If you chose to be diagnosed without the option of being titrated onto medication for ADHD, or this option was not available to you, and your GP accepts your diagnosis, they may be able to refer you for titration through the NHS. Waiting times for this vary depending on your area and the services available.

It may also be possible to be referred for titration only through Right to Choose but you would need to contact the Right to Choose provider to check that this service is available and also speak to your GP to ask to be referred.

Do I have to tell the DVLA that I have ADHD?

Although many people are told that they have to, you only have to inform the DVLA about your ADHD if your ADHD or your ADHD medication affects your ability to drive safely. Guidance from the DVLA can be found here.

ADHD in the workplace

We have guides here on our website for employees and employers, with guidance on reasonable adjustments that can be made to help employees with ADHD. You can give the guide for employers to your manager so that they can understand a little about ADHD and the sorts of adjustments that might be useful for you. You are also able to get help through Access to Work here.

If it is possible for you, we would always recommend joining a trade union. You can find more information on trade unions with a list of unions and their contact details here.

We would also recommend that you contact ACAS for free advice. You can give them a call on 0300 123 1100. You do not have to give them your name, or any details, and they will give you free, impartial advice on workplace rights, rules and best practice. They also offer dispute resolution including mediation and arbitration if needed.

Citizen’s Advice also have some great information and links to resources here, including advice and links to help with representation if needed. You can also talk to the Citizens Advice online, by telephone / Relay or face to face. More details can be found here.

If you have a diagnosis of ADHD then you are protected by the 2010 Equalities Act, as ADHD is a protected disability if your ADHD is having a substantial and long-term adverse effect on your ability to carry out normal day-to-day activities. What this means in practical terms is that you are entitled to an occupational health assessment which should take into account how ADHD affects your ability to work.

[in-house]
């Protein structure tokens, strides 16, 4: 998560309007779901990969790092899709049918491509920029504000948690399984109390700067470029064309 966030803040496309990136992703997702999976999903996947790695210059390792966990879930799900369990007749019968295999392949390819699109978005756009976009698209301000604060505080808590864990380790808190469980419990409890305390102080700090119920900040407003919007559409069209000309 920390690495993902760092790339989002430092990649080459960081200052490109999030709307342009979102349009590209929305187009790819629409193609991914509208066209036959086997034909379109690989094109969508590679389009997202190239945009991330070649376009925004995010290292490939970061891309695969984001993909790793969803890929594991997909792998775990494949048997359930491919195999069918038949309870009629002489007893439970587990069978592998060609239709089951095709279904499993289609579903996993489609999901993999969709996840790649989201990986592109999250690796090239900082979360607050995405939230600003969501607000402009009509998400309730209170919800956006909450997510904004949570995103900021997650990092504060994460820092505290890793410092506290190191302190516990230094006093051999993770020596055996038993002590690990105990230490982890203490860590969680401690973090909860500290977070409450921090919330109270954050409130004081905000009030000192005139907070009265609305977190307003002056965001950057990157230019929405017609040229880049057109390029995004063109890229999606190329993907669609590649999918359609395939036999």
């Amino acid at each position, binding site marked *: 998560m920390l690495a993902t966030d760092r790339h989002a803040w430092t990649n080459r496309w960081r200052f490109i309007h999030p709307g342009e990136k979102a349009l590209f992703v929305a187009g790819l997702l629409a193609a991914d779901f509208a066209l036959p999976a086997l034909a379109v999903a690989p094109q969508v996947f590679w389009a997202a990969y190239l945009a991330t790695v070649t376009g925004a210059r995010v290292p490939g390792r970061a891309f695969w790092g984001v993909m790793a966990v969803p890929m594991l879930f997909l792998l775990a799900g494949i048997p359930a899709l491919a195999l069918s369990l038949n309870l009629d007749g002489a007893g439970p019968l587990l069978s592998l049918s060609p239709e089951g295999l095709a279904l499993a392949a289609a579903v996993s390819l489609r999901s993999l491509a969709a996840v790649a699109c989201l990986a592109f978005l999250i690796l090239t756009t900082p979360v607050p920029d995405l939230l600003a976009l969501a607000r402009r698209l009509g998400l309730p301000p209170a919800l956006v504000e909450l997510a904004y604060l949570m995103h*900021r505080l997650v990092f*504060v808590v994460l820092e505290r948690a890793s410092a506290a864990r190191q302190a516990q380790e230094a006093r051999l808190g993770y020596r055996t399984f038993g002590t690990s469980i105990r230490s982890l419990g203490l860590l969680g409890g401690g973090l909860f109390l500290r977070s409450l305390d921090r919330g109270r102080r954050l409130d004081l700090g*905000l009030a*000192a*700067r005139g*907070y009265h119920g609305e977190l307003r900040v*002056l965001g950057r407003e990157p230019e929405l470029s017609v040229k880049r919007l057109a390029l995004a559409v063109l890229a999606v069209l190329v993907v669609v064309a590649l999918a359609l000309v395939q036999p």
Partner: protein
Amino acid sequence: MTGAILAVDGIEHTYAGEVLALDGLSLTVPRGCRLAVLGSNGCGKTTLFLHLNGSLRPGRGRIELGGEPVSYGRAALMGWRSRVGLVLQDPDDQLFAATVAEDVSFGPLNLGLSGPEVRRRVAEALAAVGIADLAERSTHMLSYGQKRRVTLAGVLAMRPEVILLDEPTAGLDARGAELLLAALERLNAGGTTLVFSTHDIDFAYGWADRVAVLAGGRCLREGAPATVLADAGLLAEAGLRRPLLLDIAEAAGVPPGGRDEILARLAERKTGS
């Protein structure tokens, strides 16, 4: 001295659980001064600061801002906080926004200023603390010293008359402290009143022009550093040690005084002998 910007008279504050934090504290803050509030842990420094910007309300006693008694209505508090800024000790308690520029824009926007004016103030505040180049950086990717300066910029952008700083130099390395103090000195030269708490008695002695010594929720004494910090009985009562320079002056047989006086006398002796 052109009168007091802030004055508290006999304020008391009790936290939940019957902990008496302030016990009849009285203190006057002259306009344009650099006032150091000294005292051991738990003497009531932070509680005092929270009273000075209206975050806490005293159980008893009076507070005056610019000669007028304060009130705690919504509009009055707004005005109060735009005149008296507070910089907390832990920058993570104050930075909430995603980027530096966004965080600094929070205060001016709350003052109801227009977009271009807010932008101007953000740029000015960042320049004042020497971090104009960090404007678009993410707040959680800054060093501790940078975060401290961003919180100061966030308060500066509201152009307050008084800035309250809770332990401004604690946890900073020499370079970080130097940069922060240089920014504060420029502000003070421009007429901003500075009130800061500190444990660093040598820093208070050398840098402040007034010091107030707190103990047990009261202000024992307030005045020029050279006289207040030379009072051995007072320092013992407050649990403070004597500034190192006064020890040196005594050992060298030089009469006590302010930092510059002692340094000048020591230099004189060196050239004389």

The assessment should produce a set of suggestions for reasonable adjustments that your employer must consider making to give you a fair chance to be successful at work. The term ‘reasonable adjustment’ is open to interpretation, and this means that employers or not obliged to accept all the recommendations of an occupational health report, but they should justify why they decide not to enforce a reasonable adjustment this is their decision.

Reasonable adjustments can normally include the following

  • Noise-cancelling headphones.
  • Flexible working hours.
  • Software to support your organisation, such as Microsoft To Do, EndNote, Grammarly, Asana or Todoist.
  • If working in an office or other building (as opposed to working from home), having a space where you can go if you feel overwhelmed provision of technology such as a Dictaphone or dictation software to allow you to communicate more effectively.
  • Access to ‘disability leave’, a special type of leave which does not impact your sick leave or annual leave, allowing you to attend appointments that are specific to your disability.

To access these reasonable adjustments, you must report your ADHD diagnosis to your HR department. ACAS has some details of reasonable adjustments on their webpage here.

We have guides here on our website for employees and employers with guidance on reasonable adjustments that can be made to help employees with ADHD.

Access To Work (A2W)

Related to reasonable adjustments is the Department for Work and Pensions scheme known as ‘Access to Work’. If you are an adult with ADHD who is looking for a paid job or already employed or self employed and you live in England, Scotland or Wales, you are eligible for help through Access to Work. You can check if you are eligible here and apply here.

For Northern Ireland details on Access to work NI can be found here, details on the Condition Management Programme can be found here and details on Workable NI can be found here.